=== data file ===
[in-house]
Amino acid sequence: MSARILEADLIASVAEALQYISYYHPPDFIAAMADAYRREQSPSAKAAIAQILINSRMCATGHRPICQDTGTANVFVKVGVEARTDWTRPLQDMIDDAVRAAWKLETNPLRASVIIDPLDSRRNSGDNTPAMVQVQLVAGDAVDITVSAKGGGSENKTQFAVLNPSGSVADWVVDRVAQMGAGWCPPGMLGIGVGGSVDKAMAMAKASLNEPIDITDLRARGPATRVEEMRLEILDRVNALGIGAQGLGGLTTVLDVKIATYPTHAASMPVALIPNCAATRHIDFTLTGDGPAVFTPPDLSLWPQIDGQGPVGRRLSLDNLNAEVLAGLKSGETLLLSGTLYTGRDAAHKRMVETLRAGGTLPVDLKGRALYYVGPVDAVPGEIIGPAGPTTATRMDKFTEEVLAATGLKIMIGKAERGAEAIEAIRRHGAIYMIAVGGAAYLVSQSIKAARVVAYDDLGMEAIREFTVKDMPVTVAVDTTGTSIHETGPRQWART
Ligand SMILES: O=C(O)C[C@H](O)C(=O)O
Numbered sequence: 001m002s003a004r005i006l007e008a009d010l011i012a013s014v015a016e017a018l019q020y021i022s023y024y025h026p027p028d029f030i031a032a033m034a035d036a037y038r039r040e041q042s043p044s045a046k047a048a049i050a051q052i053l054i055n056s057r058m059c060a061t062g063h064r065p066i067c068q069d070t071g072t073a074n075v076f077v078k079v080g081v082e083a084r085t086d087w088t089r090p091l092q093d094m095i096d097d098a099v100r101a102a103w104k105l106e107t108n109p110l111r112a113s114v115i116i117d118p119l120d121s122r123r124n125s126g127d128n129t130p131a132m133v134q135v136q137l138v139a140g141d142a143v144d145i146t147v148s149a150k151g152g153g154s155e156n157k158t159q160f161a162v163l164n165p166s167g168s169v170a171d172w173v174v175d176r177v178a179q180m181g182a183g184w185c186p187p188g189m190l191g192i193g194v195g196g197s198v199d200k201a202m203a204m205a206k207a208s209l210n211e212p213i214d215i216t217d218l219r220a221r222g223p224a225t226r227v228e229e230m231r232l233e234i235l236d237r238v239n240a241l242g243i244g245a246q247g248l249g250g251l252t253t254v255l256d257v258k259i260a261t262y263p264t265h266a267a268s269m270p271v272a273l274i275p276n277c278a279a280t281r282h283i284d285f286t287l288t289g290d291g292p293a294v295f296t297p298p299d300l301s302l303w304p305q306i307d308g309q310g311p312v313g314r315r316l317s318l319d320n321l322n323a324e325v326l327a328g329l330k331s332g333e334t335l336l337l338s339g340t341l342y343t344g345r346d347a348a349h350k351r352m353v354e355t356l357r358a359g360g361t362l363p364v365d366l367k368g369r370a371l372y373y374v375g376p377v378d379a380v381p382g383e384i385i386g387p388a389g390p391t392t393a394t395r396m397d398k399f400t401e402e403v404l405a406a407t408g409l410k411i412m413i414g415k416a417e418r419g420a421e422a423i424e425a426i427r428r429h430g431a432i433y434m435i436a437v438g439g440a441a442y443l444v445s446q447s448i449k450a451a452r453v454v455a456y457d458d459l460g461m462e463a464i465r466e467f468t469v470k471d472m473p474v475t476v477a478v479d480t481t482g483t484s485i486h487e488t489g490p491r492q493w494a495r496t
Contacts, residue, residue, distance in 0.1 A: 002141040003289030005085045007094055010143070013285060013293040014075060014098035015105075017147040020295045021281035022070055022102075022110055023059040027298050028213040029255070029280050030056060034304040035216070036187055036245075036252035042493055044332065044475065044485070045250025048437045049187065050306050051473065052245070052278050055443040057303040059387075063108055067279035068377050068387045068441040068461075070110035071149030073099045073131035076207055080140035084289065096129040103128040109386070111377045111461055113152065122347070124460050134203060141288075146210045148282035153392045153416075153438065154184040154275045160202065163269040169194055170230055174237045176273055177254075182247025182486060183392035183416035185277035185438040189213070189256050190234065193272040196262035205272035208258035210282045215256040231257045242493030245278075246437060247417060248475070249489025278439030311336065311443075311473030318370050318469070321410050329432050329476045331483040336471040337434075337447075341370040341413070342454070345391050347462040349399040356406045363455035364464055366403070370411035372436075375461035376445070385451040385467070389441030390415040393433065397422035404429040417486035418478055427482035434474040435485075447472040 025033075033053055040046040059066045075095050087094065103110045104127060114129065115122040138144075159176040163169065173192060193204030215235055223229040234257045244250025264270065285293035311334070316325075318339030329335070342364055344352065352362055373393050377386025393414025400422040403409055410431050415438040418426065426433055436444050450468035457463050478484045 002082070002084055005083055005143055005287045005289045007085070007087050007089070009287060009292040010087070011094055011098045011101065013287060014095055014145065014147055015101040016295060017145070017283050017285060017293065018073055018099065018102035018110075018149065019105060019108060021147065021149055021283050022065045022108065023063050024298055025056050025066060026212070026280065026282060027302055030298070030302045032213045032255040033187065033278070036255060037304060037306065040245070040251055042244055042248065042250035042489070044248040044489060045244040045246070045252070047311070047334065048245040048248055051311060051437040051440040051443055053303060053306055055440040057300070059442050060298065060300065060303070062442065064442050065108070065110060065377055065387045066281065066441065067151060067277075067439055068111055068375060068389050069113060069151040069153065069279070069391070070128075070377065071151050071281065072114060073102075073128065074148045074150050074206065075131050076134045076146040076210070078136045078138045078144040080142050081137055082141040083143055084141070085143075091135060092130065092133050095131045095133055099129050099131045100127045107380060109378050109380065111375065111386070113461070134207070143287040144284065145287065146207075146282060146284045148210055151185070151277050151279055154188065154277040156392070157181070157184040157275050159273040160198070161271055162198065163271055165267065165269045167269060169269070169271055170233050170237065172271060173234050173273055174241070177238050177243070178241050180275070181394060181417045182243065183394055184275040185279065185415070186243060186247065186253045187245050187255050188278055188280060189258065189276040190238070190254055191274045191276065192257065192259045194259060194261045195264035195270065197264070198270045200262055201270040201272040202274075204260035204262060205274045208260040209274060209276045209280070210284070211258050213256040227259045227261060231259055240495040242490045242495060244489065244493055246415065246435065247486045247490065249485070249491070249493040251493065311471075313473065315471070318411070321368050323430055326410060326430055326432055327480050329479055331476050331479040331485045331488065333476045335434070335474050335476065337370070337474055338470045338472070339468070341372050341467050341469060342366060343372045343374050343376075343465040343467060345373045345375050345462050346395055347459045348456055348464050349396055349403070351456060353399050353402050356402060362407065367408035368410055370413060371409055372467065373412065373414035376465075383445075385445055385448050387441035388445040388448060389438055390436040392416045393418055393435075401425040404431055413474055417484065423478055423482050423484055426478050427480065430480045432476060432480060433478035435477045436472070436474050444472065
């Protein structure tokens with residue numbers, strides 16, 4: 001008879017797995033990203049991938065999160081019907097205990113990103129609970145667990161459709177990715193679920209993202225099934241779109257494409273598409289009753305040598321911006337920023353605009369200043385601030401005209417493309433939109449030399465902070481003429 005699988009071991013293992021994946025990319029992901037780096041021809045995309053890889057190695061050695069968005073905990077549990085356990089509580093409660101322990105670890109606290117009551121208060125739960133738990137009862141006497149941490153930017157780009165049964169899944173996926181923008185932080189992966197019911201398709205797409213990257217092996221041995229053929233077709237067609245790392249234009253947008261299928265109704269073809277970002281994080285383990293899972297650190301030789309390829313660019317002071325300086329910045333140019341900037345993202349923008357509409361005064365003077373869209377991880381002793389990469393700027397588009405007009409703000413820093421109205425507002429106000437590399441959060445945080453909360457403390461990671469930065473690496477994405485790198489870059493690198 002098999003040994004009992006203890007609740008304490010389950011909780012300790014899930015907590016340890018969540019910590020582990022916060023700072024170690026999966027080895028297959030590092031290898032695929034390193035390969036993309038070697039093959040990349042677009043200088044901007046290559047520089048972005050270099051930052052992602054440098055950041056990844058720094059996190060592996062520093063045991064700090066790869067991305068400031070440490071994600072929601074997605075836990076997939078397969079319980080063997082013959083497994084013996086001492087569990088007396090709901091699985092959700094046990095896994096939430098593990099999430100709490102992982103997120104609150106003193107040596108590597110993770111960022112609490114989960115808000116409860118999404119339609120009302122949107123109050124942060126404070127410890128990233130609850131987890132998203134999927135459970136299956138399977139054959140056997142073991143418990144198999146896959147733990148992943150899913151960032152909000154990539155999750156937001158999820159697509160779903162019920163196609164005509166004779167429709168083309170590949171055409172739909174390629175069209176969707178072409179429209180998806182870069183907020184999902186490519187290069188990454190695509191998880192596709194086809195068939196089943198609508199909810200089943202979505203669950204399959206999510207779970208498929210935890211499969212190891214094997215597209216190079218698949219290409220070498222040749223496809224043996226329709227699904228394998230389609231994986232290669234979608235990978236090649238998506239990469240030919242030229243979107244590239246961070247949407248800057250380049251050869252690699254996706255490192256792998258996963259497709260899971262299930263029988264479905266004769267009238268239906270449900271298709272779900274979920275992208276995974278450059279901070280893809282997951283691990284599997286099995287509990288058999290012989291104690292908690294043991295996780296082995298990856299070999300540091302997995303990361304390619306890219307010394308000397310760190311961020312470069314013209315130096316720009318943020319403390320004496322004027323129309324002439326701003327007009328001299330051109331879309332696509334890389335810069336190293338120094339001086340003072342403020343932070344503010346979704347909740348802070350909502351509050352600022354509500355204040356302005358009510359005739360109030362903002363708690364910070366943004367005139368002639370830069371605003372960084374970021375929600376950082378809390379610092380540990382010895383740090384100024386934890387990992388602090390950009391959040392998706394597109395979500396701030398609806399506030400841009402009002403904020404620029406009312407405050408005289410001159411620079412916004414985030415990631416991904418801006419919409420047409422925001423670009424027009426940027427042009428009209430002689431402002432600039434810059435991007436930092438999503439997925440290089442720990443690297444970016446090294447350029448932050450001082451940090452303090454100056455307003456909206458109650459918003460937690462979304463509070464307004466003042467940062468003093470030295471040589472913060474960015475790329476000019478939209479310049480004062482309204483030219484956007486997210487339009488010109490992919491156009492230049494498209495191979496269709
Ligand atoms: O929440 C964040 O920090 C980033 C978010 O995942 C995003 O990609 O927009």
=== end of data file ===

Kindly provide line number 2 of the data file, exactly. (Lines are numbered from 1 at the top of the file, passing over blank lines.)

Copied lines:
Amino acid sequence: MSARILEADLIASVAEALQYISYYHPPDFIAAMADAYRREQSPSAKAAIAQILINSRMCATGHRPICQDTGTANVFVKVGVEARTDWTRPLQDMIDDAVRAAWKLETNPLRASVIIDPLDSRRNSGDNTPAMVQVQLVAGDAVDITVSAKGGGSENKTQFAVLNPSGSVADWVVDRVAQMGAGWCPPGMLGIGVGGSVDKAMAMAKASLNEPIDITDLRARGPATRVEEMRLEILDRVNALGIGAQGLGGLTTVLDVKIATYPTHAASMPVALIPNCAATRHIDFTLTGDGPAVFTPPDLSLWPQIDGQGPVGRRLSLDNLNAEVLAGLKSGETLLLSGTLYTGRDAAHKRMVETLRAGGTLPVDLKGRALYYVGPVDAVPGEIIGPAGPTTATRMDKFTEEVLAATGLKIMIGKAERGAEAIEAIRRHGAIYMIAVGGAAYLVSQSIKAARVVAYDDLGMEAIREFTVKDMPVTVAVDTTGTSIHETGPRQWART